Peyton Craighill, a senior associate at Greenberg Quinlan Rosner, a firm that does polling for Democracy Corps, attributed the surprising number to voters' impatience with the lagging economy.

"It probably has to do with the fact that people are very unhappy with the dire economy and the fact that the budget deficit is quite large," Craighill said. "People who don't like the man are going to use any label they can to ding him, even if they don't think he's a socialist in the vein of the Soviet Union or China."

June's poll was the first Democracy Corps survey to ask respondents if they consider the President to be a socialist, but Craighill said the monthly poll will continue to ask the question in the future. "It's something we want to track on future reporting for how this might relate to the Tea Party movement," he said. Craighill expects Democracy Corps to publish a report specific to the Tea Party movement in a few weeks.
Personally, I'm convinced of two things:

One, Americans wouldn't know an actual socialist from one of those styrofoam pool floats, they are calling him "socialist" because the word a lot of the people want to use to describe him is not polite to use in public.  It's a code phrase, like "young buck", "welfare queen", and John McCain's famous debate phrase "that one."  They know it.  You know it.  I know it.  Let's be honest here.

Two, I'm calling the over/under on that "report specific to the Tea Party movement" on what percentage of them say the word socialist describes Obama well or very well as 90%, proving point one as well as just how ignorant people are about political systems in general.

Obama Derangement Syndrome.  It's working all too well.  Perhaps the President should consider, you know, doing something about this 9.5% unemployment rate.  Like, now.

The Kroog Versus The After Action Report

Paul Krugman is getting mopey to the point of being emo (emo-conomist?) but I'm pretty much right there with him on this mess we're in.  It really is that grim.

How did things end up this way? We’ll never know whether the administration could have passed a bigger plan; we do know that it didn’t try.

He's got a point.  It is right to rail at the Republicans for opposing the stimulus at nearly every turn.  It is also right to rail at Obama for not having the political will to do what was necessary.  They got what stimulus they could, yes.  We should all be thanking them for that.  The sin was convincing themselves that the stimulus, as it was, was 100% adequate to tackle the problem  (this especially goes for the almost complete failure of the administration's mortgage relief program) and that they had slain the dragon.

Nothing could have been further from the truth.  Kroog continues:
Those concerns were what had me fairly frantic in early 2009: I was terribly afraid that the failure of an inadequate stimulus to bring unemployment down would end up being seen as a refutation of the whole idea of stimulus — which is exactly what happened. And by the way, the reason I was for temporary bank nationalization was that it would make it possible to recapitalize banks quickly, and get them lending, which would help make up for the weak stimulus; what happened instead, of course, was gradual recapitalization through profits, with banks not doing much lending along the way.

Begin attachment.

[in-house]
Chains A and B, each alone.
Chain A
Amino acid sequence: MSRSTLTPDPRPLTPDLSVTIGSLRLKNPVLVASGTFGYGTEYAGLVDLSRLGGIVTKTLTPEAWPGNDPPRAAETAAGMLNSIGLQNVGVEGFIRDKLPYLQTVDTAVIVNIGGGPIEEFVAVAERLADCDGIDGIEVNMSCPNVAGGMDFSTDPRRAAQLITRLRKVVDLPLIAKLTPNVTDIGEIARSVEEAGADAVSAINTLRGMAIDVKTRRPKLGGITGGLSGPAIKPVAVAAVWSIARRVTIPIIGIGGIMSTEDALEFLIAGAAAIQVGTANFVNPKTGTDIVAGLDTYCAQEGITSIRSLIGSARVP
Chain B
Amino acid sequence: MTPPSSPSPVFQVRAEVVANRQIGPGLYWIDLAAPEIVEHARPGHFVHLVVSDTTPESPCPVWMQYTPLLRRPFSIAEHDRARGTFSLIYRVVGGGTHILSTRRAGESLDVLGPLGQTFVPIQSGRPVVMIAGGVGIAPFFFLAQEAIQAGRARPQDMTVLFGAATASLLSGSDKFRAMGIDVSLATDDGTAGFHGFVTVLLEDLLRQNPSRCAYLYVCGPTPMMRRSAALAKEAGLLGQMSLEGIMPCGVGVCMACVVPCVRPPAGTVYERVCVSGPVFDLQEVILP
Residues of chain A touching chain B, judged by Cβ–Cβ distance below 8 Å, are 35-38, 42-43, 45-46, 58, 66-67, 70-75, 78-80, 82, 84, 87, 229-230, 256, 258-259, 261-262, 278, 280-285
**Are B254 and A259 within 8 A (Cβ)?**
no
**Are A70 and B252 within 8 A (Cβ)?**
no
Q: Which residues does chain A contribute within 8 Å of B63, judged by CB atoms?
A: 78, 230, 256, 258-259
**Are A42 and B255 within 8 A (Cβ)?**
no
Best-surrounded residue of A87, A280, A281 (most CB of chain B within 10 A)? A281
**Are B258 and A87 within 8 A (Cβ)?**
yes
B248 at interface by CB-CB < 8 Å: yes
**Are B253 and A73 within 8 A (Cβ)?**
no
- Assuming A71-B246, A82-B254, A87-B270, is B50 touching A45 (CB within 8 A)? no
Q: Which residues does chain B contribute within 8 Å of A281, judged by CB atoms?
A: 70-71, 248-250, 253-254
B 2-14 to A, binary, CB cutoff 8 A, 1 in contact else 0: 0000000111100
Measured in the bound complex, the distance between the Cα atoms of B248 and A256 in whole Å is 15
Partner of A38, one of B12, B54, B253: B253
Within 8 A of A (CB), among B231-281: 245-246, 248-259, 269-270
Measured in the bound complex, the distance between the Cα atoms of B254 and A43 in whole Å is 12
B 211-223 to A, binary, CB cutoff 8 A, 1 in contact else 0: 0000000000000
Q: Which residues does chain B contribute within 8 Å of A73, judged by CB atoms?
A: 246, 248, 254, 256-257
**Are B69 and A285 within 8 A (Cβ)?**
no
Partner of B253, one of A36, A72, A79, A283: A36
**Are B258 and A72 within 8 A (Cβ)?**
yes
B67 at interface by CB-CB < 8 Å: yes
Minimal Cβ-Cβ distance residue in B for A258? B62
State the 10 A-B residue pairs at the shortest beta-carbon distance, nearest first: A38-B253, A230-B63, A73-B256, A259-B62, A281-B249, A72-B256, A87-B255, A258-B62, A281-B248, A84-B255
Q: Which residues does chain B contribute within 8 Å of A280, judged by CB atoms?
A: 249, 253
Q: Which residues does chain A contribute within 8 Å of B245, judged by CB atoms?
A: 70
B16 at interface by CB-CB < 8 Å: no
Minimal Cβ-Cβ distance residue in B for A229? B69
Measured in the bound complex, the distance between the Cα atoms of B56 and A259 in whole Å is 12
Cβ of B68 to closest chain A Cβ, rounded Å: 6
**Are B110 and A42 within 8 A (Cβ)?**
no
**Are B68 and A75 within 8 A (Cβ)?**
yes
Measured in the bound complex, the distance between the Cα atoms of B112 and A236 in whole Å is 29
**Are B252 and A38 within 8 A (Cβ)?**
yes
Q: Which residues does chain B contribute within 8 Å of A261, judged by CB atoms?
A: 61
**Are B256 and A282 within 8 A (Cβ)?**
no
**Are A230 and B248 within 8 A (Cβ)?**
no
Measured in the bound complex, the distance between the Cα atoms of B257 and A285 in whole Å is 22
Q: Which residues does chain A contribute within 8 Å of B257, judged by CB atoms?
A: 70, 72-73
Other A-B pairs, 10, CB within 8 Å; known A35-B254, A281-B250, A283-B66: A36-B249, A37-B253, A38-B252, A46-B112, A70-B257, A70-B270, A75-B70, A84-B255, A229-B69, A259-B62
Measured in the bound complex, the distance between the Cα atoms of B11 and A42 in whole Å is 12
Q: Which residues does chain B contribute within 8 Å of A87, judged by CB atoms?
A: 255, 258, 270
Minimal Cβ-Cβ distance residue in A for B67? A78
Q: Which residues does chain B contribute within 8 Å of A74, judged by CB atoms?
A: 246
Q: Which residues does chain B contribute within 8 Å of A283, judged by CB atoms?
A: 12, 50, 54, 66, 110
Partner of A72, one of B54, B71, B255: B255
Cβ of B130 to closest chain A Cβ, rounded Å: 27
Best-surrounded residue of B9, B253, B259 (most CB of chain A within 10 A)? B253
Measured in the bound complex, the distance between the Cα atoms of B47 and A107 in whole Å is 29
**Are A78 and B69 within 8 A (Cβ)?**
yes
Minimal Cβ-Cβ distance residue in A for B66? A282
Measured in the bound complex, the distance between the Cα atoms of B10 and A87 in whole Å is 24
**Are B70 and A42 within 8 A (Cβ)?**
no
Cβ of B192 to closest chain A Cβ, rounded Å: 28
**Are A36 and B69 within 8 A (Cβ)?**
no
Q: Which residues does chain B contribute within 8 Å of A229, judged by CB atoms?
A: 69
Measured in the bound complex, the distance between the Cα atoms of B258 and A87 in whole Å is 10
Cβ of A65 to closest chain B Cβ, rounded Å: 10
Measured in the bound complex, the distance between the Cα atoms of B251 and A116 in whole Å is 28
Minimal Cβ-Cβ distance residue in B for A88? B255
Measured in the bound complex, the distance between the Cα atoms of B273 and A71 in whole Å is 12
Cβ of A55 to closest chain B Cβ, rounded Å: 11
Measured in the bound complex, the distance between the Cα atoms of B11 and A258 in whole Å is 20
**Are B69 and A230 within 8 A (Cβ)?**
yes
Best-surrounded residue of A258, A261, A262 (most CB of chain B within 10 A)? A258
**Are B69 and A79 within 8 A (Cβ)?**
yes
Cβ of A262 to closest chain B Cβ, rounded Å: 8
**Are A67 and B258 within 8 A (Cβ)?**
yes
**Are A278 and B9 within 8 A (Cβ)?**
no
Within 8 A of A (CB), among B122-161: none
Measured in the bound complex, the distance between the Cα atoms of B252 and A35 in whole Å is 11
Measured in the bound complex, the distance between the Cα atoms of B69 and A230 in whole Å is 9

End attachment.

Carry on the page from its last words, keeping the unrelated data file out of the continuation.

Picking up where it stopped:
And here we are. From a strictly economic point of view, we could still fix this: a second big stimulus, plus much more aggressive Fed policy. But politically, we’re stuck: even if the Democrats hold the House in November, they won’t have the votes to do anything major.

I’d like to say something uplifting here; but right now I’m feeling pretty bleak.
Not going to happen.  If anything, we're about to take steps that will almost certainly require us to take even more drastic steps to fix it:  turning on Helicopter Ben's Printing Press at 110% speed.  Keep the phrase "gargantuan quantitative easing" in the back of your mind.

And yes, I'm talking about countering a deflationary death spiral with a hyper-inflationary orbital satellite cannon with a whole hell of a lot of zeroes after it.  Overdoing it on the austerity is going to cripple us.  Overdoing it on the stimulus is going to murder us.

As I said, inflation, major deflation, hyper-inflation.  We're smack in the middle of step two.

Wisconsin Knows How To Paaaaaaar-tay

Especially the Tea Party.  Meet Ernie Pagels, the most off the hizzook playa in the land!
Ernest J. Pagels Jr. is a long shot contender for the Wisconsin GOP Senate primary, vying for the opportunity to run against Sen. Russ Feingold (D) this September. And perhaps there’s a reason. Pagels recently ran an ad on a local Milwaukee television station outlining what he plans fight for as one of Wisconsin’s two U.S. senators:
PAGELS: Hi my name is Ernest J. Pagels Jr., I’m a born again Christian, a U.S. veteran and a very conservative Republican. I’m running for U.S. Senate from the state of Wisconsin and if elected I will initiate a bill to outlaw homosexuality, abortion, and all forms of pornography. I think these are three ills that are plaguing our nation and bringing it down. And if elected, I will also initiate a bill for a Constitutional amendment which prohibits Congress and the President from spending more money than they bring in. My name is Ernest J. Pagels, Jr. and I hope you vote for me on September 14.

No, seriously.  This guy right here.

Teapublicans. The Party of Hell No You Can't.

But hey, at least he's being honest about having no ideas on how to fix our economy and is running solely on a platform of ruining everyone else's day and being a bigoted asshole, right?